The Three “I”s

I didn’t get to watch President Bush give his latest speech last night, though I did get to hear it today. No surprises from what I heard. His repudiation of the Iraq Study Group’s recommendations was a big “Screw You” to pretty much everyone who’s been counselling a more diplomatic approach to the problem: his father & his cronies, the military leadership in Iraq, Democrats, and a growing segment of his own party. How liberating it must be to be in such a powerful job and not have to worry about appeasing anyone anymore… it must be the bright side of lame duck-ness.

My wife likes to tell me I prattle on too much, so I’ll try to keep my comments as brief as possible. Plenty of ink has been spilled by better pundits than I.

Adding 20,000+ troops to Iraq won’t do a whole lot in my opinon to change the basic math involved. As others have noted, there have been previous efforts, and that was before we decided to tangle with the Shiite militias, which is what Bush seems to be referring to indirectly in his speech. Taking on Al-Sadr and his forces is a much larger order than going after the smaller number of Sunni/Baathist/Al-Qaeda insurgents that were the previous prey. It will make for interesting times. One thing is for sure: we’re not leaving the country any time soon. Remember those bases we’re building?

The Iraq situation is a mess. While I shed no tears at the passing of Saddam Hussein, it appears we have replaced a brutal thug with a whole passel of brutal thugs intent on settling old scores. Hussein’s hanging looked less like a governmental execution than a poorly-planned death squad lynching. It’s main effect was to give the man a quick death and make him appear more dignfied in his last moments than the mob of masked amatuers that were gleefully sending him to his just reward.

Rumors of war against Iran swirl. When news sources as diverse as a right-wing tabloid, an Israeli ‘liberal’ newspaper, a hard-left magazine, and the paper of record in England are all chattering about the same thing, odds are good something’s up. Iran’s nuclear program and meddling in Iraq are being used as the casus belli. Why, after all, would the owner of the third-largest oil reserves in the world start developing nuclear power generation capacity? Perhaps it’s because they don’t have nearly as much oil as everyone thinks they do. The combination of rising standards of living (and it’s accompanying rise in energy usage) and declining oil production means trouble for a country that’s very dependent on oil revenue. Speaking of oil revenue, Saudi Arabia, who is wary of both a Sunni genocide in Iraq and rising Iranian/Shiite power in the region, is apparently taking advantage of the lull in oil prices to reload it’s “oil weapon” in case of a possible showdown with Tehran at some point in the future.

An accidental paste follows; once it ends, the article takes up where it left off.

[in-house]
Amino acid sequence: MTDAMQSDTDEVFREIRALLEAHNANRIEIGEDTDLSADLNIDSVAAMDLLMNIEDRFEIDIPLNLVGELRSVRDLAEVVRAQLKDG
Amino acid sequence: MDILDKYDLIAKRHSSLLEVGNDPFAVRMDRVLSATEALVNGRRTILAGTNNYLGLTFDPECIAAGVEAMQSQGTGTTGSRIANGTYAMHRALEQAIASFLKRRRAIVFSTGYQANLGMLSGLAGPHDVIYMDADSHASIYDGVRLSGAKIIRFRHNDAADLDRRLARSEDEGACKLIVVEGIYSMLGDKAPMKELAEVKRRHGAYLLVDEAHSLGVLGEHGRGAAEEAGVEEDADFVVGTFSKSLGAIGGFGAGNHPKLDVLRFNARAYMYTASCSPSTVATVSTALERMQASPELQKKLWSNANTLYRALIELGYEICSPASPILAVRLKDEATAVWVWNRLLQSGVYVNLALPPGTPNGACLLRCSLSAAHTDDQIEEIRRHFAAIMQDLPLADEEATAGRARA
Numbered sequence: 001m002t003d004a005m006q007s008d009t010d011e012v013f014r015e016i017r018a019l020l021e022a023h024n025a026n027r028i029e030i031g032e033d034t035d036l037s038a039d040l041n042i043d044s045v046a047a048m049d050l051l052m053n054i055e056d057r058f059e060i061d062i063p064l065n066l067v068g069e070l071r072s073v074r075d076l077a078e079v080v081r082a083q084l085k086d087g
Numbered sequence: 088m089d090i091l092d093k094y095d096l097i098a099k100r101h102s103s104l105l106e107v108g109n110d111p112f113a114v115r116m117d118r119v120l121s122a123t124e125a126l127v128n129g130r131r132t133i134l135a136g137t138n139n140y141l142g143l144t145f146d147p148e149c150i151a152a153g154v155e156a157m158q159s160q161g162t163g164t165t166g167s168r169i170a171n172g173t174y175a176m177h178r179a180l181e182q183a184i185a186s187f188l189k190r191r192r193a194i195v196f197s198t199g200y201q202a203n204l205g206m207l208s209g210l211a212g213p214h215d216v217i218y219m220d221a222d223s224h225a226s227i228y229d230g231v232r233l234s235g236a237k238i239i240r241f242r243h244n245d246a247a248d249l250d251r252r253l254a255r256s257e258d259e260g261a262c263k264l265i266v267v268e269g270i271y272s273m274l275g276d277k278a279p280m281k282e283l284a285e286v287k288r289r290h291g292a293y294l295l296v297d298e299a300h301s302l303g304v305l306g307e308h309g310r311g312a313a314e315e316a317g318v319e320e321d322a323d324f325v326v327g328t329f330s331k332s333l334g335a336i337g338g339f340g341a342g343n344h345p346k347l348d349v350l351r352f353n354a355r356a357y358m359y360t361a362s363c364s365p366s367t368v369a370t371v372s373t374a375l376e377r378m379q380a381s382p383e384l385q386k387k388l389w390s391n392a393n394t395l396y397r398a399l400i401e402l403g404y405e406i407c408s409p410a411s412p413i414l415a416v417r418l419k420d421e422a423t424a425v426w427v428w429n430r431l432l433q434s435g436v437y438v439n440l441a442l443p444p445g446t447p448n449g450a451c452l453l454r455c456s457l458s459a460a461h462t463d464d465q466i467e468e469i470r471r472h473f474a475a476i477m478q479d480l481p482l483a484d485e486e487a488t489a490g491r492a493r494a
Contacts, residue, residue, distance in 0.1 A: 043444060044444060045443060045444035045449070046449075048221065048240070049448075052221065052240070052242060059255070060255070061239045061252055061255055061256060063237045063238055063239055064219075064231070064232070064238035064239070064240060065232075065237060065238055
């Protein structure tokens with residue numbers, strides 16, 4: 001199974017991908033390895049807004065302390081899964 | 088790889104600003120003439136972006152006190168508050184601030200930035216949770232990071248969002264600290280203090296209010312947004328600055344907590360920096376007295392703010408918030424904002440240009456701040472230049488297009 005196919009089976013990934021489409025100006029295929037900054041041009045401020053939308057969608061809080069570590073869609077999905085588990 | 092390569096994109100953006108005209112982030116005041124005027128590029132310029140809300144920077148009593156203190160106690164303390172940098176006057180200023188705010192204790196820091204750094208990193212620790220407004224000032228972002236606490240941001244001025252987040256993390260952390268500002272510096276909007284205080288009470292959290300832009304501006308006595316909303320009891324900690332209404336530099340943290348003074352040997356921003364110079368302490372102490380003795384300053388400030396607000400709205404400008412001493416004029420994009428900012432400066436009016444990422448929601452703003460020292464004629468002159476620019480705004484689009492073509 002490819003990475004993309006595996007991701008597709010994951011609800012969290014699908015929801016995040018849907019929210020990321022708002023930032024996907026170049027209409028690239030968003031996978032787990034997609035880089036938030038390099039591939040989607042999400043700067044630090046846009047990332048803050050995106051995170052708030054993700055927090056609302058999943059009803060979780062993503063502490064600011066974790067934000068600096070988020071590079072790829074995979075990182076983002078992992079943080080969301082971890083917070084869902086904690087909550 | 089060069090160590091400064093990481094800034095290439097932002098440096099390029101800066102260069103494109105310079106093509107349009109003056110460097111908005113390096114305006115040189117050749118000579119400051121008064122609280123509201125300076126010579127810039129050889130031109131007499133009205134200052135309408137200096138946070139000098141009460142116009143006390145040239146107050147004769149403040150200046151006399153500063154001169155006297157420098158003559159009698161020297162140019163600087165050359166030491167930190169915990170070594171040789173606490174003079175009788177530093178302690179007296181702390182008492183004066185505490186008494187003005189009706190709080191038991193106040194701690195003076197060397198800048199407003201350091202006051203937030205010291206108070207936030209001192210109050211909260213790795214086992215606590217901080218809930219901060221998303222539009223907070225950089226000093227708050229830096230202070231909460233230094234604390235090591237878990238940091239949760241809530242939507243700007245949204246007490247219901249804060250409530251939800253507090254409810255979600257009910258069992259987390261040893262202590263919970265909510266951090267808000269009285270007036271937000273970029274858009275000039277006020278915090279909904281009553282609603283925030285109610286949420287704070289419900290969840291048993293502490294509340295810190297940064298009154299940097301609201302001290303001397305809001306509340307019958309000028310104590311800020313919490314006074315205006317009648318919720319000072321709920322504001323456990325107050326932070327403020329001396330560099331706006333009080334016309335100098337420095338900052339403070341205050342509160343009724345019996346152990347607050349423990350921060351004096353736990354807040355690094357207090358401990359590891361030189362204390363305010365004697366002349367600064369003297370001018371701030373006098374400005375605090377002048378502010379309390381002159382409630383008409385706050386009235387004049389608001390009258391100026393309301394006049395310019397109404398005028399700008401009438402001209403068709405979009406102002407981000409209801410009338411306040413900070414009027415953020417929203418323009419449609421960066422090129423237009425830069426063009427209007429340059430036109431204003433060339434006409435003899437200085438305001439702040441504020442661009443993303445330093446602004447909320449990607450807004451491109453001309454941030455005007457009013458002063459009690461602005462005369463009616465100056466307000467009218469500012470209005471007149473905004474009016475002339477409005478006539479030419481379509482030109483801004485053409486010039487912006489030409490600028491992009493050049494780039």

Attacking Iran and the Shiite militias in and around Baghdad is a formula for an expanded war and more Muslim-versus-Muslim bloodshed. Who benefits from this? Not the USA, since the main effects of that would be skyrocketing oil prices and more danger for our forces in the region. The Saudis are worried about Shiite dominance, the Turks are worried about an independent Kurdish state, and Iran is apparently more worried about internal discontent and energy production than they are about UN sanctions.

It’s interesting that Israel is being outed as the possible aggressor in an attack on Iran. Cui Bono?

Iraq; Iran; Israel. These three nations will be the drivers of much of the news affecting all of us this year, for better or for worse.

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